A group of schoolgirls have slammed the Football Association (FA) for suggesting the best way to get girls into football is to surround them with pink.
The pupils, from Lumley Junior School in Durham, have written letters of complaint to the FA about guidelines that appear on the Sussex FA website.
According to the FA, the guidelines were created following survey feedback involving several organisations and are not official FA rules.
The guidelines, that still appear on the FA’s site, suggest incentivising girls with products such as pink whistles, pink water bottles and pink gloves.
They also say it’s important to make sure bibs “smell nice” and advise coaches to play music during sessions to keep girls interested.
In response, almost 80 pupils have sent letters to FA Chief Executive Martin Glenn, one of which says: “We aren’t brainless Barbie dolls, we don’t all like the same colour pink.”
The guidelines also suggest coaches should “allow girls the time to check their phones within a session” or “incorporate a twitter break”.
Coaches are also told to allow girls to play indoors during the winter and tell them: “You won’t even notice you’re getting fit.”
According to The Telegraph, attacking midfielder Grace, 10, said: “I honestly thought the FA guidelines were a joke and I felt insulted by them.
“I’ve been playing football in the back garden with my brother since I was three and I love the game, I don’t need a pink water bottle to get me interested.”
Team-mate Nancy said she was “quite mad” when she saw the guidelines, adding: “It treats us like babies who play with Barbie dolls, we’re not like that we can actually play just because we enjoy it.”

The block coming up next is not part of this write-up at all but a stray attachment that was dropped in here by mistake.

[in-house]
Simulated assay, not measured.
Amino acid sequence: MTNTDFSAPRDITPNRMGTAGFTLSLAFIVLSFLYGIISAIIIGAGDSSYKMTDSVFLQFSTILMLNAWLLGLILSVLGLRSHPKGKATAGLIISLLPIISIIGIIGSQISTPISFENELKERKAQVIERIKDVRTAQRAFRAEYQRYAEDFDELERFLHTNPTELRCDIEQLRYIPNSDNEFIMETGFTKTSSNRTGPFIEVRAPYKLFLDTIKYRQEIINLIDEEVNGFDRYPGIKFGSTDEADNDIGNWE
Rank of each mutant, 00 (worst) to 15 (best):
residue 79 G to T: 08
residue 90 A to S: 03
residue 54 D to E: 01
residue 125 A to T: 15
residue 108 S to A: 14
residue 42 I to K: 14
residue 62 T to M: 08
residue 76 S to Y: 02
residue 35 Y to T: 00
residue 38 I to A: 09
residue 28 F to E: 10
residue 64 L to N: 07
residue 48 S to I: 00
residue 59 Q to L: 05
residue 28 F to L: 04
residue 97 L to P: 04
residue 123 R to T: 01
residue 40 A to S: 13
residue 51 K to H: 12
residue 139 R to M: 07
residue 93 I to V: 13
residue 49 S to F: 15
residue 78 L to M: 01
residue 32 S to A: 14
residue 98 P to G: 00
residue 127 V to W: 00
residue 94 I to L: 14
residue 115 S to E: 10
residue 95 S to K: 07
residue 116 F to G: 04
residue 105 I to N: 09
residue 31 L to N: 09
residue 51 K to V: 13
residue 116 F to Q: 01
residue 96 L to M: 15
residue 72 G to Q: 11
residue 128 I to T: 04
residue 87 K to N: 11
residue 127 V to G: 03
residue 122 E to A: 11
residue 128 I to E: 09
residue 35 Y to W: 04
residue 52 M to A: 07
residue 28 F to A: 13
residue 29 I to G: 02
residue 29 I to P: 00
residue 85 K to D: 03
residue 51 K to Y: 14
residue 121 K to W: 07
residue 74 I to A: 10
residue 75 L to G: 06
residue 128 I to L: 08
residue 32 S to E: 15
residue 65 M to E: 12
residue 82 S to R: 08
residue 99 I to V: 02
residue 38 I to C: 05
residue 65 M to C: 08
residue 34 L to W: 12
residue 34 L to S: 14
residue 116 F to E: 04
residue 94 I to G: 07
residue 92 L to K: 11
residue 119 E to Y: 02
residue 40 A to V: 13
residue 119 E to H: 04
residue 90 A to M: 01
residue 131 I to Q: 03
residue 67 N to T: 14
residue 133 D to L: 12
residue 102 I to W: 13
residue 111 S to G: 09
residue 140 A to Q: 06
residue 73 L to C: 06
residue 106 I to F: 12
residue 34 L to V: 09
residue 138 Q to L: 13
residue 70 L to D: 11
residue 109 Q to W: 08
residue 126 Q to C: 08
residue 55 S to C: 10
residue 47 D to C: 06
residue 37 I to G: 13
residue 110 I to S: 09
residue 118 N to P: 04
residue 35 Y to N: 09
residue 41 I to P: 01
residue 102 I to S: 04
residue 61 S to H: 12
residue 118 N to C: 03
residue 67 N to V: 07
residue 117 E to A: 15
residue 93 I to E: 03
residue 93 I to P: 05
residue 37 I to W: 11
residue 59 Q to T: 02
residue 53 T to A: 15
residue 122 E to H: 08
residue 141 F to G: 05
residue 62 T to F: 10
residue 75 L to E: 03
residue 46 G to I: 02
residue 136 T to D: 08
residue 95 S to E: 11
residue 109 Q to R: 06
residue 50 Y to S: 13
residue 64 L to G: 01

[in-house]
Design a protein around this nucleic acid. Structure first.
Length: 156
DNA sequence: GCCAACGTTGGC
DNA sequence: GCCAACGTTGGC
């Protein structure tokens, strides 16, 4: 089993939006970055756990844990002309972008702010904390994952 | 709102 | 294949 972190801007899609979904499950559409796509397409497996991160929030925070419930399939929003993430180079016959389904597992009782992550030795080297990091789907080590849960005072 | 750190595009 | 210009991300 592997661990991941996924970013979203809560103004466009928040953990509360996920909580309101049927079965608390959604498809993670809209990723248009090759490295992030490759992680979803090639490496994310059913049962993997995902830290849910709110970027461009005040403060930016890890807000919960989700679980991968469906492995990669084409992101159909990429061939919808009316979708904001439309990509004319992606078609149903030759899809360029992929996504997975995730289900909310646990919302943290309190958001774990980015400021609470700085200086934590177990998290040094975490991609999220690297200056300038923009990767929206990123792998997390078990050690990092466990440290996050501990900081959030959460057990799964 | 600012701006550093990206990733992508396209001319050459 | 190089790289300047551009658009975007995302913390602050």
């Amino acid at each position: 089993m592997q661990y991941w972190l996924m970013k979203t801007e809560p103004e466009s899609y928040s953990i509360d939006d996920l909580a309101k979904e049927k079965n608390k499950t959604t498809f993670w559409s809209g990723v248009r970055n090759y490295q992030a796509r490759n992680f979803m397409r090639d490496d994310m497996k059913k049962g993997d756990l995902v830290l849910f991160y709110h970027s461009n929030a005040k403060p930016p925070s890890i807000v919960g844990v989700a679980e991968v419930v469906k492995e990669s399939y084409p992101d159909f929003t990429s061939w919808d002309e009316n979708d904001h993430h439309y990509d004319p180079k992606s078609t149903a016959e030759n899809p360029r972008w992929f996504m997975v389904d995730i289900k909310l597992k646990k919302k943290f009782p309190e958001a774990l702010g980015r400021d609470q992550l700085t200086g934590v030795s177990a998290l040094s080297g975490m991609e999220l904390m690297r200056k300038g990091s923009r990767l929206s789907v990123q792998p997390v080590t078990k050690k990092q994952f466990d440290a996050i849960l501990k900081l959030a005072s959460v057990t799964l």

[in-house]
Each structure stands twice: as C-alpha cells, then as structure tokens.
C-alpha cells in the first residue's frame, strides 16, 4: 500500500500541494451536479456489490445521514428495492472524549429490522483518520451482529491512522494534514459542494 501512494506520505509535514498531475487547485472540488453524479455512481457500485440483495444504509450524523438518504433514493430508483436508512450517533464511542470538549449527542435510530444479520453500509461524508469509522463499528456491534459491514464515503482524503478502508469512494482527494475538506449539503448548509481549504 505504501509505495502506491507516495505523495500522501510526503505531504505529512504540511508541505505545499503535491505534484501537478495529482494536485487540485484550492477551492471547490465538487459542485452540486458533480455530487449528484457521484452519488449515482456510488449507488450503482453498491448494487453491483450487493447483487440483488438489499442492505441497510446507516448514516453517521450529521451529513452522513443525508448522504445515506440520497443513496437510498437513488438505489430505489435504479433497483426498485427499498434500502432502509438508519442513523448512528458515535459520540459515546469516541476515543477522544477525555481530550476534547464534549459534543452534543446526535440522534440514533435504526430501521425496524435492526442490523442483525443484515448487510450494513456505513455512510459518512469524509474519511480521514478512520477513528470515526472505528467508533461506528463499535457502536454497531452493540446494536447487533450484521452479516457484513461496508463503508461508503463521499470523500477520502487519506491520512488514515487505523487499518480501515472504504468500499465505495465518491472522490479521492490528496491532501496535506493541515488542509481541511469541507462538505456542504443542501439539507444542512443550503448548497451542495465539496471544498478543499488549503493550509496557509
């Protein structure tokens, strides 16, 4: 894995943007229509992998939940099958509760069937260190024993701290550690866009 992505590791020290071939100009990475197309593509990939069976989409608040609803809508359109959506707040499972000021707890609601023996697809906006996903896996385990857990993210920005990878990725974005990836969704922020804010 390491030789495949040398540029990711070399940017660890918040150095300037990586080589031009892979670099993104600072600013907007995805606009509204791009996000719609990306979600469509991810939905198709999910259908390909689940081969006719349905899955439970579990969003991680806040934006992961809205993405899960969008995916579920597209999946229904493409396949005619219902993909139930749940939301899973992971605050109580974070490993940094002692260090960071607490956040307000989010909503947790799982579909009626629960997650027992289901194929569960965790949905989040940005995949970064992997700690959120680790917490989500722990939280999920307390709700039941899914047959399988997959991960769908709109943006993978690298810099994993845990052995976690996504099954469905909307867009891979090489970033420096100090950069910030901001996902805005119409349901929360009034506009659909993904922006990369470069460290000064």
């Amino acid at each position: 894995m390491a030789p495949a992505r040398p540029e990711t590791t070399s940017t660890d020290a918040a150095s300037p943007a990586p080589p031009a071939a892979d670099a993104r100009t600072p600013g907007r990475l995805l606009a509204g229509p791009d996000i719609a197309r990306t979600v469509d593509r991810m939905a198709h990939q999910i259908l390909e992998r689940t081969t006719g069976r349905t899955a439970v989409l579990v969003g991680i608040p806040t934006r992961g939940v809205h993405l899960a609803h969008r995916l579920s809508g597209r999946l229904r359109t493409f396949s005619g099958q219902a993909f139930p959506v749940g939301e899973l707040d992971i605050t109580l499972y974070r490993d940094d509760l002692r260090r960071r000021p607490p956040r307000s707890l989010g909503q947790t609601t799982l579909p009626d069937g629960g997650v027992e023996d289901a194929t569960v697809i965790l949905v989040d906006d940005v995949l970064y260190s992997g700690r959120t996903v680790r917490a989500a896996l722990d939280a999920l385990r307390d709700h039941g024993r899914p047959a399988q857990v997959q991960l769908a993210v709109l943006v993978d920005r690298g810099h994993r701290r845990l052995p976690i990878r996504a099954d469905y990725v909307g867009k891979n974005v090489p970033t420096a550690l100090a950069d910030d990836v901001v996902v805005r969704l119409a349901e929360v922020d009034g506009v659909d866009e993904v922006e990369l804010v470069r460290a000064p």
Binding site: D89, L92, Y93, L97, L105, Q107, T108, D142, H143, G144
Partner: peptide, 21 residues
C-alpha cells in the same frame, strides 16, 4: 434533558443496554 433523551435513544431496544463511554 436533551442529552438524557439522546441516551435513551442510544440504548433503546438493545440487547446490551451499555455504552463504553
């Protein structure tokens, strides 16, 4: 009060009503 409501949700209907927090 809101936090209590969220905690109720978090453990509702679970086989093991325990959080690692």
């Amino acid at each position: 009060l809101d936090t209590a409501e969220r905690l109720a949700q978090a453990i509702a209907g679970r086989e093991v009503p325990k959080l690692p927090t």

Speaking to The Huffington Post UK, deputy head teacher Carol Hughes explained that she came across the guidelines while researching for a school project on gender equality.
When she showed them to the pupils, they mistakenly thought they were fake.
“After I had convinced pupils it was real, they responded with the letters. I posted a small selection to the FA, but have not yet had a response,” she said.
“We were shocked at the patronising tone of the piece and the assumptions that girls would only play football if they were given rewards for attending.”
In response to the criticism, a spokesman from the FA told The Huffington Post UK: “The FA is committed to doubling female football participation by 2020 and to growing the women’s game at all levels, from elite to grassroots.
“The document was created following research into women and girls playing football, with feedback from both participants and non-participants.
“We’re very pleased to see how many girls at the school play football and the passion for the game that they clearly have.”